The Board held one public hearing and recommended that the Governing Body declare the area "in need of redevelopment." BMIA participated at the hearings and objected to such designation. BMIA sought an order to show cause, alleging that the Board made a decision before BMIA had presented all relevant information. On the return date, the parties negotiated a consent order reopening the hearing. At the additional hearings, BMIA presented expert testimony from Kenneth Ochab, a professional planner, and from Donald M. Moliver, Ph.D., a New Jersey certified real estate appraiser and a real property valuation expert. Both experts opined that: 1) the majority of the real property within the TVSA did not meet any of the criteria outlined in N.J.S.A. 40A:12A-5; 2) real estate property values have increased significantly across the Borough, specifically within the TVSA; and 3) private investments of hundreds of thousands of dollars have been spent improving the Belmar Mall and other commercial properties in the TVSA. At the conclusion of the hearings, the Board voted to recommend that the Governing Body adopt the Board's finding that the TVSA was in a state of blight and was, therefore, an area in need of redevelopment as defined by the LRHL.
BMIA then brought an action in lieu of prerogative writs, alleging that the Board's construction and application of the LRHL were constitutionally deficient. BMIA added a claim that the Governing Body and Gale Belmar, L.L.C. (Gale) had violated the LRHL by entering into a redevelopment agreement before the Governing Body had adopted a redevelopment plan by ordinance. Subsequently, the Governing Body adopted a resolution accepting the Board's recommendation and ordering the preparation of a redevelopment plan.
Following a bench trial, the judge issued a written opinion that, among other things, sustained the validity of the designation of the TVSA as an area in need of redevelopment and the redevelopment agreement between the Governing Body and Gale. BMIA appealed from the July 10, 2006 order dismissing its action in lieu of prerogative writs. We granted the application by the National Federation of Independent Business Legal Foundation (Foundation) to appear as amicus curiae.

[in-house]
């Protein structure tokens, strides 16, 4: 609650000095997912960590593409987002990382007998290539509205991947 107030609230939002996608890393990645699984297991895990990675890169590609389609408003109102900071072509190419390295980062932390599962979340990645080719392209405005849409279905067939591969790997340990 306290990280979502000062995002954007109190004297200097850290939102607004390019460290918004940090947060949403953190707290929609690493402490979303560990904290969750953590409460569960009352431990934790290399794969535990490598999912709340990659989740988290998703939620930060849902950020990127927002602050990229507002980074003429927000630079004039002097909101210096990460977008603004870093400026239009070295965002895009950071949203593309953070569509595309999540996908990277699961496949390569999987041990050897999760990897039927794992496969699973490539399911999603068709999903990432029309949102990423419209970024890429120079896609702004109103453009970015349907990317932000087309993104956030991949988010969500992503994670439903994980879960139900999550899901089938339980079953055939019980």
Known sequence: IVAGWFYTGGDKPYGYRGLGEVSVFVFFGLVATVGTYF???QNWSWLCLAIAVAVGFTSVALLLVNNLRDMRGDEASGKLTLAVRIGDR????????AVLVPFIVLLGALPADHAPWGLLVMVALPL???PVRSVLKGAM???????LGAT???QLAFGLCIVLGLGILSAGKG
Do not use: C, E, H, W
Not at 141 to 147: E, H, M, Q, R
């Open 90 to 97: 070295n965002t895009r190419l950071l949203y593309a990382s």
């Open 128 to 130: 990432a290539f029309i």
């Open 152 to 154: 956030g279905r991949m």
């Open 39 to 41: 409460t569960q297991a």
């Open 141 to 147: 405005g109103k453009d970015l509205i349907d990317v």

BMIA contends that the "judge misapplied the standard of review." We agree and conclude that the proper standard here involved a narrow legal construction of the LRHL and compelled the setting aside of the "in need of redevelopment" designation.
A rebuttable presumption exists that a municipal body has properly exercised its discretion. Pheasant Bridge Corp. v. Twp. of Warren, 169 N.J. 282, 289-90 (2001); Harvard Enter., Inc. v. Bd. of Adjustment, 56 N.J. 362, 368 (1970). However, the municipal body's decision may be revoked when it is proven that the findings on which the decision is based are not supported by the evidence before the municipal body. Infinity Outdoor, Inc. v. Delaware and Raritan Canal Comm'n, 388 N.J. Super. 278, 288-89 (App. Div. 2006) (citing Campbell v. Dep't of Civil Serv., 39 N.J. 556, 562 (1963)).
A crucial element in determining the sufficiency of the evidence is whether the court below correctly interpreted the statutory criteria. In the landmark case of Gallenthin Realty Dev., Inc. v. Borough of Paulsboro, 191 N.J. 344 (2007), which was decided almost a year after ...